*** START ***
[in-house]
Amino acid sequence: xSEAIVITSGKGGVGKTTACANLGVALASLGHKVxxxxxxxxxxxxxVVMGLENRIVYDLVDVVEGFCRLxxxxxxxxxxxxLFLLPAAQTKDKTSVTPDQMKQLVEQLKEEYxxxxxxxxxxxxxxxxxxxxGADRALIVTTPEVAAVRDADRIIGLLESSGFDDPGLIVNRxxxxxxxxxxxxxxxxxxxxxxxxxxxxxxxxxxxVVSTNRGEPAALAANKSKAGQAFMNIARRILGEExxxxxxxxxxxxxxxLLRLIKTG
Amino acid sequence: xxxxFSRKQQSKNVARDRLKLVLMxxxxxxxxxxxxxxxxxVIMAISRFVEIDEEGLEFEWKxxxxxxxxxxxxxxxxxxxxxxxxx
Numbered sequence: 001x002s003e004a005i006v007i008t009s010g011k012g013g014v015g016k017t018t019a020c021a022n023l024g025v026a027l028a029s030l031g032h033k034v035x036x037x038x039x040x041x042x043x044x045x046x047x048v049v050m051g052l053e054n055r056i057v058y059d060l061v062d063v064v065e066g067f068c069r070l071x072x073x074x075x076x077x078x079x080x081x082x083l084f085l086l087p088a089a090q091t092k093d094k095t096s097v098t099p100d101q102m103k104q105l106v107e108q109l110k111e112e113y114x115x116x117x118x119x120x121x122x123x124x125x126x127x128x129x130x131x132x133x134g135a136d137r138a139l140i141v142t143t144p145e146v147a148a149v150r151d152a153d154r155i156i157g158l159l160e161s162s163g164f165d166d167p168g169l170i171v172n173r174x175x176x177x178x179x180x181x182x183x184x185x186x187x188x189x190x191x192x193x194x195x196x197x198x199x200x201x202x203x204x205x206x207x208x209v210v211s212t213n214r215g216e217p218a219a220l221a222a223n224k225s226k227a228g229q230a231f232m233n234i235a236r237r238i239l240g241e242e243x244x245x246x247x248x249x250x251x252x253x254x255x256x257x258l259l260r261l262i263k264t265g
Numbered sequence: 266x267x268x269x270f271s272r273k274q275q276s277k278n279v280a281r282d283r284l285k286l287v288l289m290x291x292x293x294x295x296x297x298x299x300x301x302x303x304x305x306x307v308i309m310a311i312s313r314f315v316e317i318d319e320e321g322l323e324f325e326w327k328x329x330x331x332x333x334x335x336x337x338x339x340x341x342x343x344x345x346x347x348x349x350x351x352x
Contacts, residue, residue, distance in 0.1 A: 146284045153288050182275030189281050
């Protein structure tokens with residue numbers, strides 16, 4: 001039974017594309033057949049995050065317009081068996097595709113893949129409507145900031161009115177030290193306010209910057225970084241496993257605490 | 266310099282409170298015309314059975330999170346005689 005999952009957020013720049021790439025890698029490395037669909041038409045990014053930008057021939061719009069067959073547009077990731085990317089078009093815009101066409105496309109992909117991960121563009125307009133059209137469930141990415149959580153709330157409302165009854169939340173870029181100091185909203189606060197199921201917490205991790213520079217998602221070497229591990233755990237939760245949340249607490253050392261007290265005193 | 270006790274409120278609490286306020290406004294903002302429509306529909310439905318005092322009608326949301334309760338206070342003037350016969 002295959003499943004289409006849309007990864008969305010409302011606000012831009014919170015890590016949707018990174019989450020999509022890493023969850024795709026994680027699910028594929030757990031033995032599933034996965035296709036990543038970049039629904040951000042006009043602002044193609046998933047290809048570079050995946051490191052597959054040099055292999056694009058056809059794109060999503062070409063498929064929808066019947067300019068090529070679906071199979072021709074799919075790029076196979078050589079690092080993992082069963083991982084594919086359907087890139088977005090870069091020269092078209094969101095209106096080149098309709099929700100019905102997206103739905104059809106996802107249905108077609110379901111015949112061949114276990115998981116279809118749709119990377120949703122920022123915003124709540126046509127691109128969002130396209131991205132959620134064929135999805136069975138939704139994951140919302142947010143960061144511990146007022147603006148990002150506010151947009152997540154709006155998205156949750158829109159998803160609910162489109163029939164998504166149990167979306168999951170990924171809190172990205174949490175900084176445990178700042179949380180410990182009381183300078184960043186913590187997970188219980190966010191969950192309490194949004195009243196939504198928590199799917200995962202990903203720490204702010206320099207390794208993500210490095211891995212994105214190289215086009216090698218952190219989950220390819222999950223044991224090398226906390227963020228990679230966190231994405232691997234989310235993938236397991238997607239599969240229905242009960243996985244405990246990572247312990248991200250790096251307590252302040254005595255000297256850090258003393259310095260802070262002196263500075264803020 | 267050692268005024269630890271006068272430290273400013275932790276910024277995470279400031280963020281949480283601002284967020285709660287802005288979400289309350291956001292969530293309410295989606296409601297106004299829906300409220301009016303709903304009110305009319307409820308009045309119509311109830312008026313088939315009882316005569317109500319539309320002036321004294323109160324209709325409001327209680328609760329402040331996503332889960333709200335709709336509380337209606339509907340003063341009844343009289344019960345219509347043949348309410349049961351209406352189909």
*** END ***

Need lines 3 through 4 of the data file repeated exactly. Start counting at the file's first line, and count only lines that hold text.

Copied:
Amino acid sequence: xxxxFSRKQQSKNVARDRLKLVLMxxxxxxxxxxxxxxxxxVIMAISRFVEIDEEGLEFEWKxxxxxxxxxxxxxxxxxxxxxxxxx
Numbered sequence: 001x002s003e004a005i006v007i008t009s010g011k012g013g014v015g016k017t018t019a020c021a022n023l024g025v026a027l028a029s030l031g032h033k034v035x036x037x038x039x040x041x042x043x044x045x046x047x048v049v050m051g052l053e054n055r056i057v058y059d060l061v062d063v064v065e066g067f068c069r070l071x072x073x074x075x076x077x078x079x080x081x082x083l084f085l086l087p088a089a090q091t092k093d094k095t096s097v098t099p100d101q102m103k104q105l106v107e108q109l110k111e112e113y114x115x116x117x118x119x120x121x122x123x124x125x126x127x128x129x130x131x132x133x134g135a136d137r138a139l140i141v142t143t144p145e146v147a148a149v150r151d152a153d154r155i156i157g158l159l160e161s162s163g164f165d166d167p168g169l170i171v172n173r174x175x176x177x178x179x180x181x182x183x184x185x186x187x188x189x190x191x192x193x194x195x196x197x198x199x200x201x202x203x204x205x206x207x208x209v210v211s212t213n214r215g216e217p218a219a220l221a222a223n224k225s226k227a228g229q230a231f232m233n234i235a236r237r238i239l240g241e242e243x244x245x246x247x248x249x250x251x252x253x254x255x256x257x258l259l260r261l262i263k264t265g